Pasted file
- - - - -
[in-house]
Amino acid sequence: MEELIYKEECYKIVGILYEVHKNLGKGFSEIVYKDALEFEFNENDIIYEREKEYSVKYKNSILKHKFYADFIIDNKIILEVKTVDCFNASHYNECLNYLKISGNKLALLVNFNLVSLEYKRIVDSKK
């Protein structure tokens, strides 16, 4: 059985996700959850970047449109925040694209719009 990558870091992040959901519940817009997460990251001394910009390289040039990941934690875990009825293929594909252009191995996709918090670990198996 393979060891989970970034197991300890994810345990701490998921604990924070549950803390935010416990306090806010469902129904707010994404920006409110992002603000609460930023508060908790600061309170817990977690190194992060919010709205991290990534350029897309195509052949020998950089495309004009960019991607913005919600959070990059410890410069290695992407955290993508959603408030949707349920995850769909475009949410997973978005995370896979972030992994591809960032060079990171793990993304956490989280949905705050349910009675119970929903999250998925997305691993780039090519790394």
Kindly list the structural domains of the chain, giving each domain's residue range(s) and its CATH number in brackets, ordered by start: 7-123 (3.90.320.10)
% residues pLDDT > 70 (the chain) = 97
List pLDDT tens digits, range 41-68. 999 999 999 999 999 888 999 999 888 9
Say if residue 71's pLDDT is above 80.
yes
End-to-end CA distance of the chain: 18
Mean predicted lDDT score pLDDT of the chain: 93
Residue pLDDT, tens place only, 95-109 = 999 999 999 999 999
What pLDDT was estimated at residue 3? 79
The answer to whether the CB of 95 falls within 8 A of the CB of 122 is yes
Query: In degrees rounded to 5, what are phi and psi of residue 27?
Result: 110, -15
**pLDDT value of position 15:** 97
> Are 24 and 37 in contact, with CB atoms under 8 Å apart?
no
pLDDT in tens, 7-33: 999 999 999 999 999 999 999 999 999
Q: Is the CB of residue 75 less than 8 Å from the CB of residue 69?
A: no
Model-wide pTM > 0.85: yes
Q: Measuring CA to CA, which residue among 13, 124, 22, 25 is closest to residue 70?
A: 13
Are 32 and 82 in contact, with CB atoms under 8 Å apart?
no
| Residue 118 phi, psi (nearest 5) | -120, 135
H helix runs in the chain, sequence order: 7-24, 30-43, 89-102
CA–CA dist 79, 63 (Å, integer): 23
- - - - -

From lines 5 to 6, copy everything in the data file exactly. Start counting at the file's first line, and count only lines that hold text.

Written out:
% residues pLDDT > 70 (the chain) = 97
List pLDDT tens digits, range 41-68. 999 999 999 999 999 888 999 999 888 9